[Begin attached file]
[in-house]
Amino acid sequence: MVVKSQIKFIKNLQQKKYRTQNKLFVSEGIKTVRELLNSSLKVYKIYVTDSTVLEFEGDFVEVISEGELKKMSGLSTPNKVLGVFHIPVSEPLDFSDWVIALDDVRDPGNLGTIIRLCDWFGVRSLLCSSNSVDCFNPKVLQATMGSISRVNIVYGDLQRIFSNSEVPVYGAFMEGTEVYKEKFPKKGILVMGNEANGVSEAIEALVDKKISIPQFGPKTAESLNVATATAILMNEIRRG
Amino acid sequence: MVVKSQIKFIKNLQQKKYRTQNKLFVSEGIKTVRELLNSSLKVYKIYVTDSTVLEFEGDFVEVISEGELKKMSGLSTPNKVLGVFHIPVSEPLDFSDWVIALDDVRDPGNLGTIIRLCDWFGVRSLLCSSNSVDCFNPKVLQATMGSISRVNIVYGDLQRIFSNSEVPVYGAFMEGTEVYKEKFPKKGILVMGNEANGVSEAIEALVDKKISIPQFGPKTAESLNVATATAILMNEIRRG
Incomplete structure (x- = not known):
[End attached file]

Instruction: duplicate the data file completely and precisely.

[in-house]
Amino acid sequence: MVVKSQIKFIKNLQQKKYRTQNKLFVSEGIKTVRELLNSSLKVYKIYVTDSTVLEFEGDFVEVISEGELKKMSGLSTPNKVLGVFHIPVSEPLDFSDWVIALDDVRDPGNLGTIIRLCDWFGVRSLLCSSNSVDCFNPKVLQATMGSISRVNIVYGDLQRIFSNSEVPVYGAFMEGTEVYKEKFPKKGILVMGNEANGVSEAIEALVDKKISIPQFGPKTAESLNVATATAILMNEIRRG
Amino acid sequence: MVVKSQIKFIKNLQQKKYRTQNKLFVSEGIKTVRELLNSSLKVYKIYVTDSTVLEFEGDFVEVISEGELKKMSGLSTPNKVLGVFHIPVSEPLDFSDWVIALDDVRDPGNLGTIIRLCDWFGVRSLLCSSNSVDCFNPKVLQATMGSISRVNIVYGDLQRIFSNSEVPVYGAFMEGTEVYKEKFPKKGILVMGNEANGVSEAIEALVDKKISIPQFGPKTAESLNVATATAILMNEIRRG
Incomplete structure (x- = not known):